Niall Ferguson, professor at Harvard and the London School of Economics, summarized his latest book, Civilization: The West and the Rest for Newsweek magazine’s The Daily Beast by stating that he is not a “declinist” but is instead expecting an imminent collapse of the United States. He wrote: “I really don’t believe the United States…is in some kind of gradual, inexorable decline…. …in my view, civilizations don’t rise…and then gently decline, as inevitably and predictably as the four seasons…. History isn’t one smooth, parabolic curve after another. Its shape is more like an exponentially steepening slope that quite suddenly drops off like a cliff.”
As evidence Ferguson points to the lost city of the Incas, Machu Picchu, which was built over a hundred years and collapsed in less than ten. He notes that the Roman Empire collapsed in just a few decades in the early fifth century, while the Ming dynasty ended with frightening speed in the mid-17th century.
He tries to explain why the West, and especially and specifically the United States, is set up for a similar collapse through the use of the analogy of what made America great in the first place, computer-based “killer applications” such as competition, the scientific revolution, the rule of law and representative
government, modern medicine, the consumer society, and the work ethic.
His conclusion that these “apps” were the basis for the enormous growth and improvement in the standard of living from the year 1800 on was challenged by Dr. Gary North who thinks that Ferguson has missed the primary point: the rule of law was developed out of the Great Awakenings that established firmly the rights of man as a creation of the living God with unalienable rights, including the right to his own life and the property he accumulated by exercising that right.
Ferguson’s first killer app, competition, can be explained as the natural outgrowth of human action as each individual sought his own ways to maximum his own well-being. He learned that he could prosper only by providing better goods and services to his customers than others in the same field of endeavor, and thus was driven to make those improvements or lose those customers.
The scientific revolution, according to Ferguson, mostly happened in the 17th century: breakthroughs in mathematics, astronomy, physics, chemistry and biology. This coincided with the development of the Gutenberg Press in 1436 and the rapid dissemination of information across the world over the next hundreds of years. It was not so much a scientific revolution as it was an information revolution stemming from one man’s attempt to do something more efficiently.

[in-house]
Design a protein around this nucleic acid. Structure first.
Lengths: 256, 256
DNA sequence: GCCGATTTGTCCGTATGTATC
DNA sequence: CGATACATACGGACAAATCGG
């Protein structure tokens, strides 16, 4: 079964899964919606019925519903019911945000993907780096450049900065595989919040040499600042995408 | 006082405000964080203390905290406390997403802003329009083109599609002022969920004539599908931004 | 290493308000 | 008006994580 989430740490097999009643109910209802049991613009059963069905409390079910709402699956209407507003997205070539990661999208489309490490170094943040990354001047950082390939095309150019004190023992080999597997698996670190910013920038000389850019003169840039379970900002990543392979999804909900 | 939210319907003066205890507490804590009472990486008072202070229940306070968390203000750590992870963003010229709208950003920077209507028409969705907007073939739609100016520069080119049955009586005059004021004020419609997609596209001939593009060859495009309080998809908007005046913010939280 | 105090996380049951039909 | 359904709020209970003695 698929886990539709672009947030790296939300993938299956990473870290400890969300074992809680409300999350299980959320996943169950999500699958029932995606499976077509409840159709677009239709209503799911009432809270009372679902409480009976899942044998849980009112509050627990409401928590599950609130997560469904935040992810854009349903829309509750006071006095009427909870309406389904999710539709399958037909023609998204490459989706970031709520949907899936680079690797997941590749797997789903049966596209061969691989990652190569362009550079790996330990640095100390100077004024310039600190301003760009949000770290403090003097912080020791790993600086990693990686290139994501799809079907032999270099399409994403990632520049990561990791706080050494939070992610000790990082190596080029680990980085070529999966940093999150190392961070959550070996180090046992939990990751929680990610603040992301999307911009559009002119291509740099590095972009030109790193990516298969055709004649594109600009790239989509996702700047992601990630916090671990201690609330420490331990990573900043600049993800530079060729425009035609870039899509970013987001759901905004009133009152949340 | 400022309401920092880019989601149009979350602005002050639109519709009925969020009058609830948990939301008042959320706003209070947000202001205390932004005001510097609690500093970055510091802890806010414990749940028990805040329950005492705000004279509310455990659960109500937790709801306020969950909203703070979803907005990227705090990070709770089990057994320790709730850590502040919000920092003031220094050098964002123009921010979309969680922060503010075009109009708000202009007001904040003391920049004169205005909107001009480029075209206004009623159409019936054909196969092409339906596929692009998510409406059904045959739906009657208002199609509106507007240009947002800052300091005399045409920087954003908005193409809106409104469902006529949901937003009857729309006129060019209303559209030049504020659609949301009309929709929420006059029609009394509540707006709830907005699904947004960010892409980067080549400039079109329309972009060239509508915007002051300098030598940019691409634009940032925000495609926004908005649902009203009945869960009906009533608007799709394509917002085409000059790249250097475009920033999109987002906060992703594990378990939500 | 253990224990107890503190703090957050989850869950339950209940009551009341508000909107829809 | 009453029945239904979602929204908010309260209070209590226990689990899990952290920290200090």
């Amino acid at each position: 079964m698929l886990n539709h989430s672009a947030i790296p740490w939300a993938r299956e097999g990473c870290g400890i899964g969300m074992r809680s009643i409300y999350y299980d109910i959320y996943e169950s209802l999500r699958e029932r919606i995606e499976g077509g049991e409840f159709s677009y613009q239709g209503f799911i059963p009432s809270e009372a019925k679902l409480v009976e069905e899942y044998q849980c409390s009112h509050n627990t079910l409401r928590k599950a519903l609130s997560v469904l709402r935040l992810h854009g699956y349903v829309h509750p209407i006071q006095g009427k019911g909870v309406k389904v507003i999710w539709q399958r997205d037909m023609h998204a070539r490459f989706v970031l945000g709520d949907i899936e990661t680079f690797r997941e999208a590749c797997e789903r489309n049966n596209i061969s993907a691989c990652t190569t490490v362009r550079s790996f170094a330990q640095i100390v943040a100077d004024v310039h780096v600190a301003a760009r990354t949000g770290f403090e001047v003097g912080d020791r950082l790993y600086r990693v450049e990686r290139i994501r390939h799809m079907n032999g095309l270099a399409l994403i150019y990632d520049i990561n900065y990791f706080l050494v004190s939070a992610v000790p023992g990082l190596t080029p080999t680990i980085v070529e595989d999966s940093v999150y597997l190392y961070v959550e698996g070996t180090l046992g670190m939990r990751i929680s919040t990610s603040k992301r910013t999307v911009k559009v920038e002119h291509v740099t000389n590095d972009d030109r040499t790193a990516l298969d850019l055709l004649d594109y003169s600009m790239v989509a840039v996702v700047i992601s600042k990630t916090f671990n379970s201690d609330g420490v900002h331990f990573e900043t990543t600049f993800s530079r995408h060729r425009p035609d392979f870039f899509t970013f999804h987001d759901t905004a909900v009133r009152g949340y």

The rule of law and representative government sprang from the Catholic Church’s university system and the Protestant Reformation. That reformation spread to America primarily from Scotland, bringing with it the organization known as presbyteries, which were adopted by the founders of the republic.
Modern medicine was an offshoot of the scientific revolution as was the mis-named “consumer society,” more accurately described by North as the “customer society.” And the coveted work ethic grew out of the awareness that a person had the right to keep what he earned, enhanced and strengthened by the Calvinist ethic of doing God’s work for His glory.
Perhaps the biggest miss of all is Ferguson’s failure to mention the greatest creation of men’s minds in the history of mankind: the Declaration of Independence. In that single document echoes the growing understanding down through the centuries that “We hold these truths to be self-evident, that all Men are created equal, that they are endowed by their Creator with certain unalienable rights, that among these are Life, Liberty, and the Pursuit of Happiness, That to secure these Rights, Governments are instituted among Men, deriving their just Powers from the Consent of the Governed…”
And when the Constitution was adopted it reflected the further understanding, stated so eloquently by Thomas Jefferson, that its purpose was (and is) “to bind men down from mischief” by its chains, restrictions and limitations.
It is unfortunate that so bright and intelligent and gifted and informed as Ferguson is that he seems to think that it was those “killer apps” that made the West the shining city on a hill, instead of the more fundamental, foundational understanding of the nature of man taught in the Holy Scriptures that made all the difference. That, and that alone, is what has made America “exceptional.”